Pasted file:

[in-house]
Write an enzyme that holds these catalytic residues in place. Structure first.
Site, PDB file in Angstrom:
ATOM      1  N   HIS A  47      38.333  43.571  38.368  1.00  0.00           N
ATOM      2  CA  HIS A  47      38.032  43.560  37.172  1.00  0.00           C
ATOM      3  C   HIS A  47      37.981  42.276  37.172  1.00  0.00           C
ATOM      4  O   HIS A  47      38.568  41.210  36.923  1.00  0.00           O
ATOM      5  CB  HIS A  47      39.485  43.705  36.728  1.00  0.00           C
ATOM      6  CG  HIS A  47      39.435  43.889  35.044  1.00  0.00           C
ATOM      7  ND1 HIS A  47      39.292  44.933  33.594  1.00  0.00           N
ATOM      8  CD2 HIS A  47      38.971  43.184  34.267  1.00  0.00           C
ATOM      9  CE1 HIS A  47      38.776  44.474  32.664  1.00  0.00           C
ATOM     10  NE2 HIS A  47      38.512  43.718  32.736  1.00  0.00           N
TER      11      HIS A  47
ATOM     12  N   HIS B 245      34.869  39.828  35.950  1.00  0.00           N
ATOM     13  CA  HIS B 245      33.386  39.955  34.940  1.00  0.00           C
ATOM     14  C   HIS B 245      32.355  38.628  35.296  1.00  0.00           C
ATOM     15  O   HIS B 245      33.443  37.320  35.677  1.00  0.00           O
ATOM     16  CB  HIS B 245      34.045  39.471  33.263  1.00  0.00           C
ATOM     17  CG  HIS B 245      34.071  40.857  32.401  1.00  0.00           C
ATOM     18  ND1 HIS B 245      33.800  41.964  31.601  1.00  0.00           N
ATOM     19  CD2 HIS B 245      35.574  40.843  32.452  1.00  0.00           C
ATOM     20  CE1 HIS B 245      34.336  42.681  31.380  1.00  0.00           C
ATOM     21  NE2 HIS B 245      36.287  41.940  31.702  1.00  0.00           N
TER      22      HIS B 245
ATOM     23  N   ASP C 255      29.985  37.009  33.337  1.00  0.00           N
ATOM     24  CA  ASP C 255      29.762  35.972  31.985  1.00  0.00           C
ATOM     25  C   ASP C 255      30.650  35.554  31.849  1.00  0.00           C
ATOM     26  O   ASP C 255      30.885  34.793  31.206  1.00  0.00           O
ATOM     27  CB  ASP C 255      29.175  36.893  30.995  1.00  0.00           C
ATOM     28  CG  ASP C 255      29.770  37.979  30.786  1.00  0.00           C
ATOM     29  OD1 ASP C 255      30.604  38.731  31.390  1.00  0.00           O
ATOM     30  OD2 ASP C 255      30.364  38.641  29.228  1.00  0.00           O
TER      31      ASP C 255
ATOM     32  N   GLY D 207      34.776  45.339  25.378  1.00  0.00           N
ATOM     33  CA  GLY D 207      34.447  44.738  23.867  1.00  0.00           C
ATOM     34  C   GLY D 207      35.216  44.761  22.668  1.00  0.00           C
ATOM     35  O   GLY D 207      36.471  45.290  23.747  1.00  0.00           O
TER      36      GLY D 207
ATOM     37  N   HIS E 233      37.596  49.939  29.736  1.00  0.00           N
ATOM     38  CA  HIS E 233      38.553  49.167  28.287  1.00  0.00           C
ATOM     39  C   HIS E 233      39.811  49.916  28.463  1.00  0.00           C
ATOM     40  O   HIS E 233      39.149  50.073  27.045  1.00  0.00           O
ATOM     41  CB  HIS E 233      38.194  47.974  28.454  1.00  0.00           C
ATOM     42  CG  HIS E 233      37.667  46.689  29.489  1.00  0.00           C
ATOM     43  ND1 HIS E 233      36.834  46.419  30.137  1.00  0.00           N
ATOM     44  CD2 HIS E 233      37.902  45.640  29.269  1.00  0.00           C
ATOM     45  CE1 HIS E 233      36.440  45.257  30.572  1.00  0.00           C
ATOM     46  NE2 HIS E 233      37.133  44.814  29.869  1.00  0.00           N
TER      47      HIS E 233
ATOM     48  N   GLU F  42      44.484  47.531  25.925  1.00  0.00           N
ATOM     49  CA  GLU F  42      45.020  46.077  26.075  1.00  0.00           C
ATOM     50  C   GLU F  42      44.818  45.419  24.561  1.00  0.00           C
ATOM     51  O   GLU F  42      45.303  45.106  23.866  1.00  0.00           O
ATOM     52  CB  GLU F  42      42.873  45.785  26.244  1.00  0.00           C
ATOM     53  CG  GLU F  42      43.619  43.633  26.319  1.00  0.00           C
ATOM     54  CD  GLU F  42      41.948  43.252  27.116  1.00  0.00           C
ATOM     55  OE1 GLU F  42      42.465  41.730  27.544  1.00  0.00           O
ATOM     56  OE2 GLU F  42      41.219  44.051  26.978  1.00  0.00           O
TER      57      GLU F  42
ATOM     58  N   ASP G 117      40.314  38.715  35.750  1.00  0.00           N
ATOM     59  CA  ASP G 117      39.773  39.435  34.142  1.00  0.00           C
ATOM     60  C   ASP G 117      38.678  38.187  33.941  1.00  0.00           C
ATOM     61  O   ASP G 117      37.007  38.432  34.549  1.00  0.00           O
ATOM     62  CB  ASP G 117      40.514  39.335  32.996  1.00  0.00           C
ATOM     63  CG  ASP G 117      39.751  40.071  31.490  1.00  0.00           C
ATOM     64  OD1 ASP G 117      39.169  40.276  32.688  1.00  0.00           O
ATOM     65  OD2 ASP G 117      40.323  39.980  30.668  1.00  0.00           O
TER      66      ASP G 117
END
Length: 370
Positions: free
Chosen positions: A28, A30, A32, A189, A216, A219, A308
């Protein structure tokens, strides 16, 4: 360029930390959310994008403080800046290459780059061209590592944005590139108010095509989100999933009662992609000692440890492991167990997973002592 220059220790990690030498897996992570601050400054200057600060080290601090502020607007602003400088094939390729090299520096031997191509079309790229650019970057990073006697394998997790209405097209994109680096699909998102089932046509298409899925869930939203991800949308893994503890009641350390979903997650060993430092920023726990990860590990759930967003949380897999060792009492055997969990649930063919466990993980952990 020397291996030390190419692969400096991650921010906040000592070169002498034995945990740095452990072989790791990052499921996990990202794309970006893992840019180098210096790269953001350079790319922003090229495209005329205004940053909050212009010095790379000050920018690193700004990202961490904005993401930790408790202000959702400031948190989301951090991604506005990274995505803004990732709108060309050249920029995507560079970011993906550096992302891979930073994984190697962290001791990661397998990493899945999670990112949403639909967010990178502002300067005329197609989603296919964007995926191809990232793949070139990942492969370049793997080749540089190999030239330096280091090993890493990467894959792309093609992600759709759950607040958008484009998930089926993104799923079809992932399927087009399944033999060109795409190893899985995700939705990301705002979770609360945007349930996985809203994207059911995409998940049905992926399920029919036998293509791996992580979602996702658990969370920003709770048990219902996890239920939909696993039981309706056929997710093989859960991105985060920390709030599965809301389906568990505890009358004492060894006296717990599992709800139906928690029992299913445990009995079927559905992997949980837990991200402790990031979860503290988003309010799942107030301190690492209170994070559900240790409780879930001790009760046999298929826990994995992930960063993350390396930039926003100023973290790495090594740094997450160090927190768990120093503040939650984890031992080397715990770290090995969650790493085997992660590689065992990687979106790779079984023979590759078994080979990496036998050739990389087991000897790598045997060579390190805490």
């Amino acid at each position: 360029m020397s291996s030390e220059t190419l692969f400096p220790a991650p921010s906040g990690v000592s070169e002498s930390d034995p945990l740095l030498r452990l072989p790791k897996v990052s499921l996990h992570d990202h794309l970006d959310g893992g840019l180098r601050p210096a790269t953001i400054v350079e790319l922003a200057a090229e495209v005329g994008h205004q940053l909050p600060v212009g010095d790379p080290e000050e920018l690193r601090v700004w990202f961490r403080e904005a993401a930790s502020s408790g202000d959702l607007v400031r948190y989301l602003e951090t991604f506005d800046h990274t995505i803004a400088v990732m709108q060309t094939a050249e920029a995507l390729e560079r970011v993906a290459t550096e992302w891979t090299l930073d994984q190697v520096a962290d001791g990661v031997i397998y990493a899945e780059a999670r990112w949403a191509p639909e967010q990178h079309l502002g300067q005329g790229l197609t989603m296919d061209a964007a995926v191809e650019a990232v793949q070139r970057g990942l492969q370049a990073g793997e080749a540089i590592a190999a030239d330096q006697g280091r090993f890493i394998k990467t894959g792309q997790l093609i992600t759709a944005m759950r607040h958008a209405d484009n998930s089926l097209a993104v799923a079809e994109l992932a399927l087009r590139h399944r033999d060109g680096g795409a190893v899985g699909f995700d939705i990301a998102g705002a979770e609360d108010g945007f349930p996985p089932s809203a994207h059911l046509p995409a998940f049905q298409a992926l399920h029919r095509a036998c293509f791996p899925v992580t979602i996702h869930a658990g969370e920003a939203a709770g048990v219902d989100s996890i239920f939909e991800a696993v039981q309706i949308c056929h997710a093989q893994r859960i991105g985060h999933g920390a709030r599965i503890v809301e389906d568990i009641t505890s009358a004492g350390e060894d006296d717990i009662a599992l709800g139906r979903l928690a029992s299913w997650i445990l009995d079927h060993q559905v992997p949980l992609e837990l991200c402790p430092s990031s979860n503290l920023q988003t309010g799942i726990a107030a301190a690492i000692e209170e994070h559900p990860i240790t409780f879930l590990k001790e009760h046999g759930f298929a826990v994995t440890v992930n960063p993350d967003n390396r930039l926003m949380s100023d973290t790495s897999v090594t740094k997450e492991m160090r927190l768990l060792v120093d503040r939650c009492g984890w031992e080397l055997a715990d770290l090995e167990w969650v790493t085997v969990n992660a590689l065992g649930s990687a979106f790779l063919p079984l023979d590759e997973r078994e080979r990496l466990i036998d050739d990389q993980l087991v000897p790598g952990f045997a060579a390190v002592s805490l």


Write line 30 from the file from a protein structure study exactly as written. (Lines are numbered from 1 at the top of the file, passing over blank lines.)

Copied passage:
ATOM     27  CB  ASP C 255      29.175  36.893  30.995  1.00  0.00           C